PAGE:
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Dad did not often spank us. He preferred to reason with us to teach us lessons.

There was a day, however, that he beat me to appease some neighbors.

The lesson, though, was much greater than what I initially thought.

Remembering Dad: The Newspaper Beating

I don’t know what compelled me to sit on the porch and yell "Mr. and Mrs. Elephant" at Mr. and Mrs. Anderson as they were leaving their house and getting into their car that day. I do know, however, that I regretted it the moment I saw them heading across the street toward our house.

I was inside the house instantly, and hoping they would divert their path back to the car. Alas, the doorbell rang. Dad answered the door.

Any hope I had that they were there to see how Mom and Dad were doing was dashed instantly when they told Dad that I was calling them names. He called me front and center, and asked if what they were accusing me of was true. There was nothing I could do except make one attempt to lie my way out of it.

"I was telling them goodbye," I said. "It must’ve sounded like I was calling them Mr. and Mrs. Elephant."

I didn’t say it was good attempt to lie my way out of it.

Dad knew what they were accusing me of doing had happened. He told them he would deal with me.

They asked him how he intended to deal with it. Dad told them he would talk to me about calling people names. That, apparently, wasn’t good enough for them. After a short discussion with them about appropriate punishment for me, they agreed upon me getting a beating.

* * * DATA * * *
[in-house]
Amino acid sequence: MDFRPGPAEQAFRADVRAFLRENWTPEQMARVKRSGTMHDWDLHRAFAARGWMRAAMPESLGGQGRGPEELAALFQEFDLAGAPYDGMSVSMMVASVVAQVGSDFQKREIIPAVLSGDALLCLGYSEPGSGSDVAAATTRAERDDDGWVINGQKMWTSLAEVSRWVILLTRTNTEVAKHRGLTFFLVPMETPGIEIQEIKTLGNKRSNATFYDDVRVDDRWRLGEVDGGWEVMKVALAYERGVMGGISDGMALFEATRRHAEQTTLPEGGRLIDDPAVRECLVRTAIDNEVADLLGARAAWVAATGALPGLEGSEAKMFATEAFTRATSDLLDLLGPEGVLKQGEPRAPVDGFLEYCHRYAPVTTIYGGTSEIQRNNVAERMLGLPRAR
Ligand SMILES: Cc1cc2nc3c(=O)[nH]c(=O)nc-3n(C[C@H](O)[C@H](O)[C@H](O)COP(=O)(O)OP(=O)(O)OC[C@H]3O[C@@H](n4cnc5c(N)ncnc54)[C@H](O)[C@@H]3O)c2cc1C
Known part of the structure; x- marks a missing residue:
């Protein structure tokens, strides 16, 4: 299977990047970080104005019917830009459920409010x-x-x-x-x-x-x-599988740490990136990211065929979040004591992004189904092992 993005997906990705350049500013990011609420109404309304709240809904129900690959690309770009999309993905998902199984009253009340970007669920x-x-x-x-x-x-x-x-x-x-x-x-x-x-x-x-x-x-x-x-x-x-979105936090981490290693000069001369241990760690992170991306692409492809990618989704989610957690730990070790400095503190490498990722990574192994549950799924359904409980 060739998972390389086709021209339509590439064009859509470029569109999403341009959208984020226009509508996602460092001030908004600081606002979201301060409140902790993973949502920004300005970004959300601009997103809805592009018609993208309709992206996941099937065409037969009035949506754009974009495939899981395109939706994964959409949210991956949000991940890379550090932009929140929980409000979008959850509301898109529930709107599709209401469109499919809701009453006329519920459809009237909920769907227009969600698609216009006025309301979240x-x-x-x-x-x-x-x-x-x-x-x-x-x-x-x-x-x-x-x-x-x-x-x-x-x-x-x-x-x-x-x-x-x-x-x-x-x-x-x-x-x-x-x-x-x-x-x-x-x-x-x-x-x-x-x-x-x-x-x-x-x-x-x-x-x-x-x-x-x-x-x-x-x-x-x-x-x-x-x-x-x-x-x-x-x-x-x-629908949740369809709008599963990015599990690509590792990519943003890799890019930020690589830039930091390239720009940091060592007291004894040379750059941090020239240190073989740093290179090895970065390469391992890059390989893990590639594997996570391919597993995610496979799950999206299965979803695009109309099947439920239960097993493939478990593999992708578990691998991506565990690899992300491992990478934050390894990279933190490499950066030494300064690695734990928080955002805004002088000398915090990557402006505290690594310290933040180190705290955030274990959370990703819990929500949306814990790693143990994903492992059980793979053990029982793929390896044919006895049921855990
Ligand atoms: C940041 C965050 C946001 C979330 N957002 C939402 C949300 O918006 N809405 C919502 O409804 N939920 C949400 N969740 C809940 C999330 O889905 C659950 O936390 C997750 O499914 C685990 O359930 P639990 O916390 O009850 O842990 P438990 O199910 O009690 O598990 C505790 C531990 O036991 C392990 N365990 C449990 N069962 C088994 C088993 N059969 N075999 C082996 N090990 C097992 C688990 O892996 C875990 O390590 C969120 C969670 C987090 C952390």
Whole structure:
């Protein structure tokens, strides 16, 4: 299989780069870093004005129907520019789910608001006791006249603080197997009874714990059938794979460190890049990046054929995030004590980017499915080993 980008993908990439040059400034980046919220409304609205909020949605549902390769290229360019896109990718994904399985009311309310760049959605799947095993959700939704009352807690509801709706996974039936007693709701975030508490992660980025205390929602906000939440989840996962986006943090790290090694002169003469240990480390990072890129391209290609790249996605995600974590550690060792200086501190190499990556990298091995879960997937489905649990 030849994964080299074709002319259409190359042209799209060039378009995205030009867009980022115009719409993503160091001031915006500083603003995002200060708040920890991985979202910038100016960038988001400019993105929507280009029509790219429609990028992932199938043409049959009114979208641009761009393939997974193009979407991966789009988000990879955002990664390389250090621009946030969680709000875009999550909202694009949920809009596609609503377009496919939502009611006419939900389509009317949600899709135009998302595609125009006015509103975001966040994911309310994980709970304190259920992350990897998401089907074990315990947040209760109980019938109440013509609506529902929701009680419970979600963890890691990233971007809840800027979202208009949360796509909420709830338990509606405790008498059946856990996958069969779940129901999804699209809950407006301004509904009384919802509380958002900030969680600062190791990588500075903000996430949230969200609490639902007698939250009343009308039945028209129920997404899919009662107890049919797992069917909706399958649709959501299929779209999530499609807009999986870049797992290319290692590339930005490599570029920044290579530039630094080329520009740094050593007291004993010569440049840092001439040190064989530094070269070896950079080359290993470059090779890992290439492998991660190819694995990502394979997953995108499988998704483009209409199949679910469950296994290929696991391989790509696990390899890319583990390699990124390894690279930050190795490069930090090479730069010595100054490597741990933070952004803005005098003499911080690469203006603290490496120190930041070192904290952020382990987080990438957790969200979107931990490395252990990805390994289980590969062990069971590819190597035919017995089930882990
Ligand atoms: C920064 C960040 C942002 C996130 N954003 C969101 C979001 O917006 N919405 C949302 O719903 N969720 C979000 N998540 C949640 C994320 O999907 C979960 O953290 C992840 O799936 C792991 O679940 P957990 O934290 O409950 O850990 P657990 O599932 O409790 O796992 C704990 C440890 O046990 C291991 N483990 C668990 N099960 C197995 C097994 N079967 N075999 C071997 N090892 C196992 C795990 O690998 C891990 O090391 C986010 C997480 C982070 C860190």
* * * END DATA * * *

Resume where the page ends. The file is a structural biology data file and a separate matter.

Dad told me to get into the hallway near the bathroom, and got a newspaper out of the closet. I could not believe this was about to happen. Dad rarely spanked us, and he never beat us!

The Andersons stayed on the porch as Dad told me to bend over. The first strike with the newspaper landed with a loud thud! I instantly began bawling. That was followed by a second, third, fourth, and fifth loud smack with the newspaper. When the beating was finished, I was told to go apologize.

With tears still flowing, I went to the door and apologized to the neighbors who I remember looking rather smug about the beating they demanded coming to fruition.

After they left, Dad sat me down at the table and asked me if I knew why I got the beating with the newspaper.

"Yes, Dad," I confessed. "It was because I called Mr. and Mrs. Anderson a name."

"No, that is not why," Dad said. "It was because I knew it would make a loud noise and not really hurt you. Now, don’t ever do that again, okay?"

I promised it would not happen again, and began realizing that it really did not hurt. The tears were about getting the beating, and not because the beating caused me pain.

I don’t remember exactly what else we did the rest of the day. I remember we spent much of it hanging out together so I could help him with his projects with much higher admiration for him. I also remember him treating me to a bowl of ice cream for all the help that day.

I had always loved Dad, but that was the day he rose from being my father to being my hero.

© 2016 - Goldwing Tom
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